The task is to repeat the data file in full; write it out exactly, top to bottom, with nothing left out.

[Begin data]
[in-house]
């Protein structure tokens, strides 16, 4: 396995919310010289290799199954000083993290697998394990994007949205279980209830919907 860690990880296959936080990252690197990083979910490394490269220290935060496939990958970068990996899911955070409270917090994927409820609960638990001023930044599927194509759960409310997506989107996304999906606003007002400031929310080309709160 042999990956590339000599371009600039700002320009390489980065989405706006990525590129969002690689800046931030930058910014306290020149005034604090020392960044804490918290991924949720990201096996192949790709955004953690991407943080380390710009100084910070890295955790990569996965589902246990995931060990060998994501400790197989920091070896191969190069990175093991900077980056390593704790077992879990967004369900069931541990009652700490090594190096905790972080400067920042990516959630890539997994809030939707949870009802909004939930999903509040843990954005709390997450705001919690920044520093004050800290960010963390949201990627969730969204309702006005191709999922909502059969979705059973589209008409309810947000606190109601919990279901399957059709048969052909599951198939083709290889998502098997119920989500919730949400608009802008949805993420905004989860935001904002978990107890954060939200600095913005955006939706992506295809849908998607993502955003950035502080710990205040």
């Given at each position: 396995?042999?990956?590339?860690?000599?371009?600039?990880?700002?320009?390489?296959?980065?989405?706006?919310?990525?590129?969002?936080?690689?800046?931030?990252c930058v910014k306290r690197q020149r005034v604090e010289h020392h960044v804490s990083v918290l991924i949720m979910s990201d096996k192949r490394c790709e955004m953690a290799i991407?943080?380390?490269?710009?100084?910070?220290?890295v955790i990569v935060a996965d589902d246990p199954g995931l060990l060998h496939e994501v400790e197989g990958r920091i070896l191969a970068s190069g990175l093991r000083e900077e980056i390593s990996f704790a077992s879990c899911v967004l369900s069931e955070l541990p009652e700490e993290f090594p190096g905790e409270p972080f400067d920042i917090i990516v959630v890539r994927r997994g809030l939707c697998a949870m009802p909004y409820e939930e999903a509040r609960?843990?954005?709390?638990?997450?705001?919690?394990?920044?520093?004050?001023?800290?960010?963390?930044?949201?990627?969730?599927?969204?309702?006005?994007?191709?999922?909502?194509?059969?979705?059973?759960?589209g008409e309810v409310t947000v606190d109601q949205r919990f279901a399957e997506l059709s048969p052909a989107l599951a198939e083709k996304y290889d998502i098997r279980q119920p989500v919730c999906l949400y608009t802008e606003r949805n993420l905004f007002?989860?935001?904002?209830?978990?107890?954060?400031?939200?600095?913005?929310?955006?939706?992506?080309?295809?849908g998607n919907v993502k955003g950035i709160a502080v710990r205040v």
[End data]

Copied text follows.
[in-house]
């Protein structure tokens, strides 16, 4: 396995919310010289290799199954000083993290697998394990994007949205279980209830919907 860690990880296959936080990252690197990083979910490394490269220290935060496939990958970068990996899911955070409270917090994927409820609960638990001023930044599927194509759960409310997506989107996304999906606003007002400031929310080309709160 042999990956590339000599371009600039700002320009390489980065989405706006990525590129969002690689800046931030930058910014306290020149005034604090020392960044804490918290991924949720990201096996192949790709955004953690991407943080380390710009100084910070890295955790990569996965589902246990995931060990060998994501400790197989920091070896191969190069990175093991900077980056390593704790077992879990967004369900069931541990009652700490090594190096905790972080400067920042990516959630890539997994809030939707949870009802909004939930999903509040843990954005709390997450705001919690920044520093004050800290960010963390949201990627969730969204309702006005191709999922909502059969979705059973589209008409309810947000606190109601919990279901399957059709048969052909599951198939083709290889998502098997119920989500919730949400608009802008949805993420905004989860935001904002978990107890954060939200600095913005955006939706992506295809849908998607993502955003950035502080710990205040």
């Given at each position: 396995?042999?990956?590339?860690?000599?371009?600039?990880?700002?320009?390489?296959?980065?989405?706006?919310?990525?590129?969002?936080?690689?800046?931030?990252c930058v910014k306290r690197q020149r005034v604090e010289h020392h960044v804490s990083v918290l991924i949720m979910s990201d096996k192949r490394c790709e955004m953690a290799i991407?943080?380390?490269?710009?100084?910070?220290?890295v955790i990569v935060a996965d589902d246990p199954g995931l060990l060998h496939e994501v400790e197989g990958r920091i070896l191969a970068s190069g990175l093991r000083e900077e980056i390593s990996f704790a077992s879990c899911v967004l369900s069931e955070l541990p009652e700490e993290f090594p190096g905790e409270p972080f400067d920042i917090i990516v959630v890539r994927r997994g809030l939707c697998a949870m009802p909004y409820e939930e999903a509040r609960?843990?954005?709390?638990?997450?705001?919690?394990?920044?520093?004050?001023?800290?960010?963390?930044?949201?990627?969730?599927?969204?309702?006005?994007?191709?999922?909502?194509?059969?979705?059973?759960?589209g008409e309810v409310t947000v606190d109601q949205r919990f279901a399957e997506l059709s048969p052909a989107l599951a198939e083709k996304y290889d998502i098997r279980q119920p989500v919730c999906l949400y608009t802008e606003r949805n993420l905004f007002?989860?935001?904002?209830?978990?107890?954060?400031?939200?600095?913005?929310?955006?939706?992506?080309?295809?849908g998607n919907v993502k955003g950035i709160a502080v710990r205040v």